Love Conquers All In ‘A United Kingdom’

Photos by Stanislav Honzik
By Samantha Ofole Prince

Samantha Ofole Prince
BURSTOUT Contributor

Covering television and film criticism, music journalism and celebrity news coverage, Samantha is often attending and covering backstage and red-carpet events including the Academy Awards, BET Awards, Grammy Awards, SAG Awards, Golden Globes, and Teen Choice Awards, as well as concerts, book signings, industry parties and movie premieres.

For David Oyelowo, who plays the leading role in this historical biopic about forbidden love, it all started in 2010, when he came across Susan Williams’ book, Color Bar: The Triumph of Seretse Khama and His Nation. A book about the first President of Botswana, who was forced into exile after marrying a white English girl, it caused an international uproar in the late 1940s, as it occurred just as apartheid was being introduced into South Africa.

“There was something about the two of them, so glamorous and ecstatic to be together, that immediately connected with me and I just had to know more,” he recalls. “I was completely intoxicated by the power their love had over political establishments. It was something very pure and almost diamond-like to me, because it was able to cut through all this prejudice they faced.”

This real-life tale of love conquering insurmountable obstacles became the obsession of the two-time Golden Globe-nominated actor who was a relative unknown at the time. For years, Oyelowo, who was determined to play Seretse, waited patiently for the opportunity to bring it to audiences as it was well before he broke out in several award-winning roles, including playing Martin Luther King, Jr. in Ava DuVernay’s award-winning movie “Selma.” It wasn't long before Rick McCallum, who produced the Anthony Hemingway directed film "Red Tails" in which Oyelowo starred, became attached to the compelling dramas as did the BBC, the BFI and Ingenious who helped bring it to the big screen.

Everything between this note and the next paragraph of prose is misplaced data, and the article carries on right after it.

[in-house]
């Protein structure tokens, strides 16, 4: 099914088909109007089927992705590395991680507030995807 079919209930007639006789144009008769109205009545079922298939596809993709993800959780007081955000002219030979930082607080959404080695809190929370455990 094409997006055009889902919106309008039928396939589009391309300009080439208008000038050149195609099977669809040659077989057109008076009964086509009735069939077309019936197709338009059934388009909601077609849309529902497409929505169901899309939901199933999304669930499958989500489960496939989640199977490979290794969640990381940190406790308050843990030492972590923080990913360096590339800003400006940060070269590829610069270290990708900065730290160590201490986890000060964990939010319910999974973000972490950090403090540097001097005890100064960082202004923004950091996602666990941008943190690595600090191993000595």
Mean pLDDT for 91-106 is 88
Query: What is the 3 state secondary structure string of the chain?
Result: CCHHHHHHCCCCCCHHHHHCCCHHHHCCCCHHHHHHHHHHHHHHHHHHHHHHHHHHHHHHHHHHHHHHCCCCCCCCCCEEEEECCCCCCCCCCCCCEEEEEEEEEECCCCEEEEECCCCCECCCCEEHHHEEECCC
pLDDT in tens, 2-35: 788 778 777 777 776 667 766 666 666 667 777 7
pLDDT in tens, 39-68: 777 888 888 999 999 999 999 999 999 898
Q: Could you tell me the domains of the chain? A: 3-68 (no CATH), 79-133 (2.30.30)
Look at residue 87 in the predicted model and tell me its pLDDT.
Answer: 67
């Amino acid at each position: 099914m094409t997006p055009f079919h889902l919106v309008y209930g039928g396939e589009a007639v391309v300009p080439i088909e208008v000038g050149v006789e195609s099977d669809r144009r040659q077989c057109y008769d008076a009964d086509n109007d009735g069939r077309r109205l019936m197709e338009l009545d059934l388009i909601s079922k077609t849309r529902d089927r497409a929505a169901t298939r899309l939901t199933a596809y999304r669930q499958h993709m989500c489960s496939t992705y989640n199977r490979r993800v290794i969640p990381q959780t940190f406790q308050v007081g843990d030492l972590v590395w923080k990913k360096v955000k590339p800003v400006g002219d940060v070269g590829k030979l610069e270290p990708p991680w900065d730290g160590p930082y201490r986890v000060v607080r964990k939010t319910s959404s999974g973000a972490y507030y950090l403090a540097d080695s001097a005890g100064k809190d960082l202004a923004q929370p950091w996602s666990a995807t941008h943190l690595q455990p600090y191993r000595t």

"The magical thing about Seretse and Ruth's story is that even though it takes place in a political world, at heart it is about the power of love. It’s about how much two people were prepared to sacrifice and fight for their love to be allowed to live,” Oyelowo continues.

For the mixed couple, who met at a London mixer while Seretse was a law student at Oxford, there was more at stake than a trip to the altar. They were aware that interracial marriages were frowned upon, and expected to face some resistance but they did not expect to be caught in a dangerous geopolitical game between the declining British Empire, the apartheid government of South Africa, and a Botswana yearning for independence.

Directed by Amma Asante, whose last film “Belle” also explores an interracial relationship, it’s a slow but brilliant buildup. Asante aptly focuses on the relationship between Seretse and Ruth (Rosamund Pike), skillfully played by both Oyelowo and Pike, before the film gets saddled by the politics of their union. 

Filmed on location in Botswana with some scenes shot in the actual house where Ruth and Seretse lived, “A United Kingdom” also stars Jack Davenport, as Sir Alistair Canning, the assertive British diplomat who attempts to break the couple apart any way he can to keep the peace between Britain and South Africa and South African actress Terry Pheto, who plays Seretse’s sister, Naledi. 

“I’ve seen a lot of love stories and even a lot of stories from this post-war era but I’d never seen anything at all like this,” confesses Oyelowo. “For me, it shows how love in its purest form isn't only for the two people who are engaging in it -- it bleeds beyond them into the community. It can be very potent force that transcends everything.” 

"A United Kingdom" is currently out in theaters
Check out the trailer below:

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